Over twelve years ago,
WRC-97 introduced the definition of adaptive systems
in the Radio Regulations. Such systems were limited to the medium and high
frequency bands where propagation conditions vary significantly. Adaptive
systems were capable of modifying their parameters, including frequency and
power, in order to improve the quality of reception.
WRC-97 adopted Resolution 729 on the “Use of frequency adaptive systems in
the MF and HF bands”, which called for further studies on the issue with their
results to be reported to a future WRC. The resolution introduced regulatory
elements for adaptive systems, prohibiting their operation in the bands used by
safety services as well as by the radio astronomy, radiodetermination, amateur
and broadcasting services.
Further technological developments enlarged the capabilities of adaptive
systems. In this respect, an important role is played by software, which makes
it possible to analyse the radio environment and adjust system characteristics
to specific operational situations. Such a combination of radio equipment and
software offers new solutions for resolving the problem of frequency congestion
and improves the overall efficiency of spectrum use. Following these
technological advances, the two new concepts of software-defined radio (SDR) and
cognitive radio systems (CRS) were created.
Need for regulatory solutions
common concern within ITU-R was the protection of existing services from
potential interference from SDR and CRS systems. Consequently, WRC-07 adopted
agenda item 1.19
consider regulatory measures for the introduction of SDR and CRS.
In this regard, WRC-07 adopted
(WRC-07), inviting ITU-R to study the need for regulatory measures
related to the application of SDR and CRS. The resolution also resolved that
WRC-12 should consider the results of the studies and take the appropriate
actions. The task of conducting the necessary studies was assigned to
Results of ITU-R studies
By April 2010, Working Party 1B had reached common views on many related
issues. It was recognized that SDR and CRS are technologies and not
radiocommunication services. These technologies can be used in any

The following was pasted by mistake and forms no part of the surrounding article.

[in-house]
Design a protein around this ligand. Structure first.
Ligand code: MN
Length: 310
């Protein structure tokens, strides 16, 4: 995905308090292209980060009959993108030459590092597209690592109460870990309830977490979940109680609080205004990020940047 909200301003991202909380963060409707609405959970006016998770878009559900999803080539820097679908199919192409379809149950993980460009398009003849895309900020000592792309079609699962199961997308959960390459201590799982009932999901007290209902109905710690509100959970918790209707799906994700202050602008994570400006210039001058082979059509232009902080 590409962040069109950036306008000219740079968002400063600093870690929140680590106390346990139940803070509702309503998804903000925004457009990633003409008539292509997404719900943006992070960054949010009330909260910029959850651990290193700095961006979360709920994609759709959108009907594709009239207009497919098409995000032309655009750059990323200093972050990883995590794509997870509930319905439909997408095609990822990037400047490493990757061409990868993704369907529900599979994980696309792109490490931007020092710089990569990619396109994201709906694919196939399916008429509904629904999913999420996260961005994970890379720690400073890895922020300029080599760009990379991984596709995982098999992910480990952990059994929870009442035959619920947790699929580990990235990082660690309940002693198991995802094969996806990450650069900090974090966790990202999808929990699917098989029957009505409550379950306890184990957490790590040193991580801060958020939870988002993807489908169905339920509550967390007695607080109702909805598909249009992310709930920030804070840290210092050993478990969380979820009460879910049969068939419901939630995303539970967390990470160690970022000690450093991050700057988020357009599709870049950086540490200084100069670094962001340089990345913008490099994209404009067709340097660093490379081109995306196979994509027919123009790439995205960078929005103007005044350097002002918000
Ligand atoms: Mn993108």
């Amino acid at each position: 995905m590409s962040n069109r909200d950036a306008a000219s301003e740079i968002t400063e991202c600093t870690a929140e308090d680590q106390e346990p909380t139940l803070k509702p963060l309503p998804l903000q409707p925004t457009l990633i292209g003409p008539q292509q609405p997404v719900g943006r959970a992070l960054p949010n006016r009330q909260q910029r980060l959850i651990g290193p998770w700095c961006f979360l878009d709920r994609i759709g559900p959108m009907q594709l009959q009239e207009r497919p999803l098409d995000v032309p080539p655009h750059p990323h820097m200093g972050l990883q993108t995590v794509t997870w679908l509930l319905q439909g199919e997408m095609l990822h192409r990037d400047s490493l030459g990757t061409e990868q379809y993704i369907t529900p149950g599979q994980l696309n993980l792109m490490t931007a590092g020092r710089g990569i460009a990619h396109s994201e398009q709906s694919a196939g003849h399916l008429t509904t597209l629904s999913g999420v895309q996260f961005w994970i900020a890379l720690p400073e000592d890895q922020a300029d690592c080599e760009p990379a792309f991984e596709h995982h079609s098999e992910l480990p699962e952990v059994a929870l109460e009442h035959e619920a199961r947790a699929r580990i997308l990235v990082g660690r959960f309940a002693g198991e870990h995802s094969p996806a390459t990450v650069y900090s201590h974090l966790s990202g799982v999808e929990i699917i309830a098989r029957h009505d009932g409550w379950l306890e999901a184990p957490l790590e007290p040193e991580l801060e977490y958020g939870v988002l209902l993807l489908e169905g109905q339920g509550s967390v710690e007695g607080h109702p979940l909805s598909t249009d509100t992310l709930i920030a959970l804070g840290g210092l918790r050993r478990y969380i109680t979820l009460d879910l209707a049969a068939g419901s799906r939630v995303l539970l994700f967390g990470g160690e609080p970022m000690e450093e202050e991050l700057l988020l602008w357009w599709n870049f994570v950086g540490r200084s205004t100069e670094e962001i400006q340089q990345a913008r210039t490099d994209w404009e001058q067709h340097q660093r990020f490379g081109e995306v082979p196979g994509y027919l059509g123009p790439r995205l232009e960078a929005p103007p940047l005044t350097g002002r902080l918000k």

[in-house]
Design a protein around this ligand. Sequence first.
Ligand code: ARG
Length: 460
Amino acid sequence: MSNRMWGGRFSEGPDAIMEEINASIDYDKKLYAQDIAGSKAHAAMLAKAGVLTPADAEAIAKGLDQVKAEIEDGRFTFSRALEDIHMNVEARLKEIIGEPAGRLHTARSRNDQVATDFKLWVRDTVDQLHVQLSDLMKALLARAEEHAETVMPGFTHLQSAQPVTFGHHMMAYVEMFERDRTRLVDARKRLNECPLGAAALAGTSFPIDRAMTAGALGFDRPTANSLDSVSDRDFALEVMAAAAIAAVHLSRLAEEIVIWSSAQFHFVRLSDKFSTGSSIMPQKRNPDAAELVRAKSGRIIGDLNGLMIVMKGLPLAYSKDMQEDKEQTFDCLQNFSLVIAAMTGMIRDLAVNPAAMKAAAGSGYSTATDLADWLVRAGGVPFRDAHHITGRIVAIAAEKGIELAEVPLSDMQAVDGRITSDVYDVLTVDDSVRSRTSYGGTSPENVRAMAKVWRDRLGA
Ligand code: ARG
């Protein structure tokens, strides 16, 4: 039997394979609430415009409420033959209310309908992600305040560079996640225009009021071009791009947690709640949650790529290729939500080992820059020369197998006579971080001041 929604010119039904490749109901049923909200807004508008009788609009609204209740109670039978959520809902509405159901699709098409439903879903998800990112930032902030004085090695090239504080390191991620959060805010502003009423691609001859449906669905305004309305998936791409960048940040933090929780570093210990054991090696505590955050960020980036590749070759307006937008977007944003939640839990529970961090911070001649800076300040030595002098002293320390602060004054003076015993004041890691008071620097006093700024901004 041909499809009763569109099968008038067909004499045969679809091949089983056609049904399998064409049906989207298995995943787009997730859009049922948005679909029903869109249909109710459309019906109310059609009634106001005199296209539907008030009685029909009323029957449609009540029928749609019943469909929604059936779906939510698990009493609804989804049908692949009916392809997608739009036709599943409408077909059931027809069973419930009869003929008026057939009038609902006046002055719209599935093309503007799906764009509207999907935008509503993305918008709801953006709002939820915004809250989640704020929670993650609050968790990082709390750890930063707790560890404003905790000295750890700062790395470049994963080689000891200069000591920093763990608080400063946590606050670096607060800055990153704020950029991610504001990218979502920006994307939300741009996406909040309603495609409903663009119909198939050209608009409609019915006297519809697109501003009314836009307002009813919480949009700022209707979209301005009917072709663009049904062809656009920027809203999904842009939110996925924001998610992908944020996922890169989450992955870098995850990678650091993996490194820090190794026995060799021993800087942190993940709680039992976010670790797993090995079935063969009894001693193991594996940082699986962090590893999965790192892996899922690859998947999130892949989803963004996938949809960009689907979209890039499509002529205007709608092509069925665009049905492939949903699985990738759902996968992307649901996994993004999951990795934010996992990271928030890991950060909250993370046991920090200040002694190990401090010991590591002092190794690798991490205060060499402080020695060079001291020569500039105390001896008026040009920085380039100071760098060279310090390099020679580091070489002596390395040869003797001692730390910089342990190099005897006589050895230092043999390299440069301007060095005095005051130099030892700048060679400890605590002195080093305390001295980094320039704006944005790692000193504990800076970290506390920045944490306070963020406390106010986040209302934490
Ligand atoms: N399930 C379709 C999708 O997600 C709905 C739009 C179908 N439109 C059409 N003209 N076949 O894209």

SDR and CRS are to comply with the provisions of the
Radio Regulations applicable to the service under which they operate.
In addition, Working Party 1B established the definitions for
these two technologies, which are given (over) in a simplified form.
was also emphasized that the introduction of SDR and CRS should not impose
additional constraints on other services sharing the same frequency band.
• Software-defined radio (SDR): radio equipment
employing a technology, which allows the setting or changing of technical
parameters, including frequency range, modulation type and power, depending on
the electromagnetic environment.
• Cognitive radio systems (CRS): a radio system employing a technology,
which makes it possible to obtain knowledge of its operational environment,
policies and internal state, to dynamically adjust its parameters and protocols
according to the knowledge obtained and to learn from the results obtained.
Methods to satisfy WRC-12 agenda item 1.19
The analysis of the results of the studies and methods proposed for WRC-12
agenda item 1.19 have been reflected in draft text of the
Meeting (CPM) and could be found in
Annex 7 to Document 1B/210.
With respect to SDR, it was concluded that no changes to the Radio Regulations
are necessary in order to introduce this technology. The current regulations can
encompass the implementation of SDR. Technical and operational considerations
related to SDR will be addressed in ITU-R Recommendations and Reports.
The situation regarding CRS is different. Three methods are proposed for
resolving agenda item 1.19. The first method consists in making no change to the
Radio Regulations and developing relevant ITU-R Recommendations and Reports.
Under the second method it is proposed to develop a WRC Resolution calling for
studies on CRS with special emphasis on sharing issues. Based on those studies,
ITU-R Recommendations and Reports would be developed.
The third method proposes the development of a WRC Resolution calling for
studies on CRS. The resolution would also exclude the operation of CRS in some
bands, for example those used by space services (space-to-Earth) or radio
astronomy, until the studies have been completed. In addition, the resolution
would oblige CRS to avoid operations in the bands used by safety services. This
third method reflects the concerns expressed by some ITU-R working parties that
CRS, which dynamically search for a free channel, may not be capable of
detecting low-power signals of other services or sporadic operation of some
radio links and cause harmful interference.
Despite divergent views on CRS, agenda item 1.19 does not appear to
represent a difficult issue for WRC-12. Some interesting and lively discussions
are nevertheless expected at CPM-11-2 and at the Conference itself, which will
open a regulatory 'door' for the introduction of two of the most state-of-the-art
technologies: software defined radio and cognitive radio systems.
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